Case Unlocked: Yukthi CTF 2024 Prelims


Case Unlocked is a web-based challenge in the Yukthi CTF 2024 prelims, designed to immerse participants in a scenario of digital exploration and exploitation. The challenge tests participants' skills in identifying and leveraging web vulnerabilities, with a journey that starts from discovering sensitive information through exposed .git directories, leading up to gaining unauthorized access to a system and escalating privileges using a known vulnerability.

Skills Learned

  • Effective methods for exploring and exploiting web endpoints
  • Techniques for uncovering hidden or obscured login credentials
  • Strategies for privilege escalation on Linux systems


1. Initial Reconnaissance

The first step involved scanning the network for open ports. Using the command nmap -p-, we performed a comprehensive scan.

nmap -p-

This preliminary scan is essential as it helps to identify potential entry points on the target machine, revealing which ports are listening and potentially vulnerable to further exploitation.
Open Ports Image

2. Discovering Port 80

The scan results showed that port 80 was open, indicating a web service was running. Accessing this web service through a browser provided a pivotal clue for further actions.
Web Service Access Image
Upon accessing the webpage, I encountered an interactive game embedded within the site, providing an intriguing element to explore further

3. Endpoint Exploration

Utilizing the Nikto tool, a comprehensive web server scanner that checks for dangerous files, outdated server software, and other problems, I discovered some interesting endpoints:

 nikto -h http://localhost:34829

Endpoint Exploration Image

These included admin login and .git pages. Navigating to the admin page redirected to a login page, but without known credentials:
Login Endpoint Image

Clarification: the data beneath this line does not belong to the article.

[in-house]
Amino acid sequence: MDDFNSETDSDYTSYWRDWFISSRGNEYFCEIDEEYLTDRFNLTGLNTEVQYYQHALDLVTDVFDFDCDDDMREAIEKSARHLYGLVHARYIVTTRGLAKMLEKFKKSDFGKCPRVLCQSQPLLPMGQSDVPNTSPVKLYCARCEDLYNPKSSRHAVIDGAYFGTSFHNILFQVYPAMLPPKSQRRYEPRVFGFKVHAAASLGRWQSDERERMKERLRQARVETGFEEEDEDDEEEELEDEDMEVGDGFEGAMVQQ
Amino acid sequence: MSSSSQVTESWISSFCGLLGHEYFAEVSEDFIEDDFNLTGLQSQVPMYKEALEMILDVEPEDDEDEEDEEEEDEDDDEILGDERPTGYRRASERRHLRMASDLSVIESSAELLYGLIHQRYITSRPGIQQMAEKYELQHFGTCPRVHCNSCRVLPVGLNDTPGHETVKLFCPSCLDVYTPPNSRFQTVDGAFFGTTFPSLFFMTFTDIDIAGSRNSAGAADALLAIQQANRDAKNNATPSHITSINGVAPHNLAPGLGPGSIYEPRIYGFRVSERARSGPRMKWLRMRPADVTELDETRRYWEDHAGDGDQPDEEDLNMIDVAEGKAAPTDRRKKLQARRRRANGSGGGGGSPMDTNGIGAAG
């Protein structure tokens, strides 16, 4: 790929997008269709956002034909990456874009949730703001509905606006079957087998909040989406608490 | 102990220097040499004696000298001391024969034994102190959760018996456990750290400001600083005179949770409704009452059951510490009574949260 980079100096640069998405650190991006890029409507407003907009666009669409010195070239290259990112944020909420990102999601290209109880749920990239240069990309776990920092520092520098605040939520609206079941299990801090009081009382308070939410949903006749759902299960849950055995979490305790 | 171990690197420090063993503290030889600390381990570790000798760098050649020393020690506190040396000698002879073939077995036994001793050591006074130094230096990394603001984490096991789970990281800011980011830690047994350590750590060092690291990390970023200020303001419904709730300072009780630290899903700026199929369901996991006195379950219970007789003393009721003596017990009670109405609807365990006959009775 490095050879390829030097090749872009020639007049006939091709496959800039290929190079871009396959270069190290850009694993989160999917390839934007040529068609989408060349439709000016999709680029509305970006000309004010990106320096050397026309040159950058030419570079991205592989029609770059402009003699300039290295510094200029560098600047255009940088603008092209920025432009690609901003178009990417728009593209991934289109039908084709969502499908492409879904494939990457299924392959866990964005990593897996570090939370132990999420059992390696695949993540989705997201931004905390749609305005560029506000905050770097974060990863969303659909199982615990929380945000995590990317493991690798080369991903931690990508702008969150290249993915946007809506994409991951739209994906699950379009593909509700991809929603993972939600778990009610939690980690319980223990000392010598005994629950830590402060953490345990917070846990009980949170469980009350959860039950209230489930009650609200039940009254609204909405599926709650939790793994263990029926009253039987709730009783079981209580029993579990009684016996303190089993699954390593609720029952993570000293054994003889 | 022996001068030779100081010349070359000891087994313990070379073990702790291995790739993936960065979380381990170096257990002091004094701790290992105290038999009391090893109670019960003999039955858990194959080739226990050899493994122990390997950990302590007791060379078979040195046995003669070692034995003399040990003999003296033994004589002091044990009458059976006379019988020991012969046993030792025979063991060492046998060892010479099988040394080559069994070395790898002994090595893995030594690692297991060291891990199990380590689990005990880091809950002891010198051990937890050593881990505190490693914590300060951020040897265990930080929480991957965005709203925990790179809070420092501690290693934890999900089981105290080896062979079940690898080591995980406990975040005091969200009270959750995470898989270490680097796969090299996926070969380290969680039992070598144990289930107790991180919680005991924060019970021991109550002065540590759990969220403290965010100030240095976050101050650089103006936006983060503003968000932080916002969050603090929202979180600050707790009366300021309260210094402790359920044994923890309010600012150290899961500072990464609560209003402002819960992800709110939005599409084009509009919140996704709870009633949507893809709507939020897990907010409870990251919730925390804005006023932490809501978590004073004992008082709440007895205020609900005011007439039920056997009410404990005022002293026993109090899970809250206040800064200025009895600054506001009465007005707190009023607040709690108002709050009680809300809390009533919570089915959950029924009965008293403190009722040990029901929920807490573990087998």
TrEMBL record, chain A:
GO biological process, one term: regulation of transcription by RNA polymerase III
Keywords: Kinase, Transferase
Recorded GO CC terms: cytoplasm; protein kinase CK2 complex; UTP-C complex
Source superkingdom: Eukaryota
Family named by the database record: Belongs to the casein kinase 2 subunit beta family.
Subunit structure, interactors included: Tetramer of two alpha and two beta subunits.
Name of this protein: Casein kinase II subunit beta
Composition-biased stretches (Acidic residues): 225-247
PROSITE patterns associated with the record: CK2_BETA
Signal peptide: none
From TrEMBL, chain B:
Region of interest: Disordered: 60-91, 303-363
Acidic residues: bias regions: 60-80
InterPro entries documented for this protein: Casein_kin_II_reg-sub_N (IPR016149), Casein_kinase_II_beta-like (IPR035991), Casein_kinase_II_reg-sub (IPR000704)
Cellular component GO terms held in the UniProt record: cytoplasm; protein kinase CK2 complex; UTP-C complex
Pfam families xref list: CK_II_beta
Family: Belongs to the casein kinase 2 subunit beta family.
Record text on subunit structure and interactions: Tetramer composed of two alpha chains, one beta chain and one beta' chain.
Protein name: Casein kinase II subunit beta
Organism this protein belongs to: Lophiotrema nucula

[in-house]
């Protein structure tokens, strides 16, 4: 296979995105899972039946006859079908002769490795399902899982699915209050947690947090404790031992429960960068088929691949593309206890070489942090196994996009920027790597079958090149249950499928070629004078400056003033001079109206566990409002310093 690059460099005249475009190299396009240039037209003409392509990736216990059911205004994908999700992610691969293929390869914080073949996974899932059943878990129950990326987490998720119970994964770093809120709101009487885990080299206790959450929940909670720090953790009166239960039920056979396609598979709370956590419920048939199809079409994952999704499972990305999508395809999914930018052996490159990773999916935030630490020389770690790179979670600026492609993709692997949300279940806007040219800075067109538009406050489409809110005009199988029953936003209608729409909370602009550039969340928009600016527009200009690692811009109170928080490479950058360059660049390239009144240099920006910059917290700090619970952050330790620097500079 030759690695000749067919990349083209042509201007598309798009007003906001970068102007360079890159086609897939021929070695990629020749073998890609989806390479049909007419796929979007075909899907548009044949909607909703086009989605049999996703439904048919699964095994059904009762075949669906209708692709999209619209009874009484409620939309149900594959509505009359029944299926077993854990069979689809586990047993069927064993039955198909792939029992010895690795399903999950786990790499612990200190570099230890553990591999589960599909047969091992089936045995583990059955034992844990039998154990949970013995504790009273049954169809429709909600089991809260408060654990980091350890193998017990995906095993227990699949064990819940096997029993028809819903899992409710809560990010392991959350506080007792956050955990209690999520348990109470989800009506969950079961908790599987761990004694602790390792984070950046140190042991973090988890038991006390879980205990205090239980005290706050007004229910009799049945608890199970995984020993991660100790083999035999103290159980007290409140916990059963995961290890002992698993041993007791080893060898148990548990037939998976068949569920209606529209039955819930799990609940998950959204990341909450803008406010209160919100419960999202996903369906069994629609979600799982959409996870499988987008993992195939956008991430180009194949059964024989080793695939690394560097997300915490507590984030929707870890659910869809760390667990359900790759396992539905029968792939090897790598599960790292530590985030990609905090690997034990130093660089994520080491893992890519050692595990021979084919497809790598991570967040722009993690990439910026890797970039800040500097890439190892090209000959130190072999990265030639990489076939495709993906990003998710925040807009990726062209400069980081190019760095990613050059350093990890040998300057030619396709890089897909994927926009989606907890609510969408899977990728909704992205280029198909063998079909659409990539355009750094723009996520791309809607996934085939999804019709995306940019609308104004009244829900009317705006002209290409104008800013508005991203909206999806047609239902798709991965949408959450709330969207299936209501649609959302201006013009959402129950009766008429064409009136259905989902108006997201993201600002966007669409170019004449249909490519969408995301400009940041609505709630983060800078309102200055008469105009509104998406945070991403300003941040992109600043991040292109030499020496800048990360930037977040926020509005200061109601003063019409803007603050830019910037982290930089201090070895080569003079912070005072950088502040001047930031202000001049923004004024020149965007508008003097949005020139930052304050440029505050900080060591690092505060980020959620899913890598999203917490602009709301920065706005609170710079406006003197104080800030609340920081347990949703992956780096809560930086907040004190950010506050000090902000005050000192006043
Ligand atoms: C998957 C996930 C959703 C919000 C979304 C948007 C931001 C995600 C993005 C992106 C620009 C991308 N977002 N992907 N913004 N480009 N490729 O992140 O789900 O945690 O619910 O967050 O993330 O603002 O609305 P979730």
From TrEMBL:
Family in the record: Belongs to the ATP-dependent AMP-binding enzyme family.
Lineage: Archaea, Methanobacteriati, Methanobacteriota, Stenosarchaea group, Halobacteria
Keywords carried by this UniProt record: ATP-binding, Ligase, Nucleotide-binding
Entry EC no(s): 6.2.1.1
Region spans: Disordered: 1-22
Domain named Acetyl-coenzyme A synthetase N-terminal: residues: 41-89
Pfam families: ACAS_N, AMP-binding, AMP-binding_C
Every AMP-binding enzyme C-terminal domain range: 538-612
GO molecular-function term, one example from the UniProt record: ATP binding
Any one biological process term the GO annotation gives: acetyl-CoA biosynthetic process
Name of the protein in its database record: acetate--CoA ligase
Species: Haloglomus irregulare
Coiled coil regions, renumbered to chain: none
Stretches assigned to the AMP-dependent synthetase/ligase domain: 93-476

The discovery of a publicly accessible .git directory was crucial. It is a common security oversight to leave git directories accessible on production servers, which can expose sensitive information.
Git Tools Usage Image

Using GitTools (, I cloned the repository found on the server, allowing access to the development history and potentially sensitive data.

4. Unearthing Credentials
cd GitTools

After cloning the git repository, the command git log | grep "commit" | cut -d " " -f2 | xargs git show was used to extract and decode commits. This command sequence is useful for examining commit histories to find potentially leaked sensitive information.

git log | grep "commit" | cut -d " " -f2 | xargs git show

The credentials were found encoded in Base64 within the commit messages: passwd=VDdpM19pM181ZXJlY3RfN2E1NXcwcmQ=, which decodes to T7i3_i3_5erect_7a55w0rd.


5. Securing the Flag

With the decoded credentials in hand, I used them to log in through the login.html page. Upon successful authentication, It was redirected to the /secret.php page, where the first flag was revealed.

Secret Page Flag Image

Challenge 2: Loophole Discovery

After completing the initial challenge, I resumed with another round of port scanning to uncover further points of attack. This scan highlighted an active SSH service on the target.

1. Further Reconnaissance

A subsequent port scan revealed that SSH (port 22) was open, providing an ideal vector for utilizing the credentials discovered earlier. This allowed for direct access to the system's shell.

ssh tetris@IPaddress

SSH Access Image

2. Identifying Vulnerable Sudo Version

Once inside the shell, I employed various strategies to escalate privileges. Noticing the sudo version was 1.8.21, an older and known exploitable version, I identified a potential avenue for attack. The presence of password feedback (asterisks when typing the password) confirmed that pwfeedback was enabled, a feature vulnerable to specific exploits.

sudo --version

Sudo Version Check: Sudo Version Image

Research on Google led me to an exploit in the Exploit Database that could leverage this vulnerability (CVE-2019-18634).

3. Gaining Root Access

I cloned the exploit script from GitHub:

git clone
cd CVE-2019-18634

Root Access Image
Root Access Image

Running the ./ script from the cloned repository exploited the pwfeedback buffer overflow vulnerability, successfully granting root access. This allowed me to locate a critical document inside /root/locker/.

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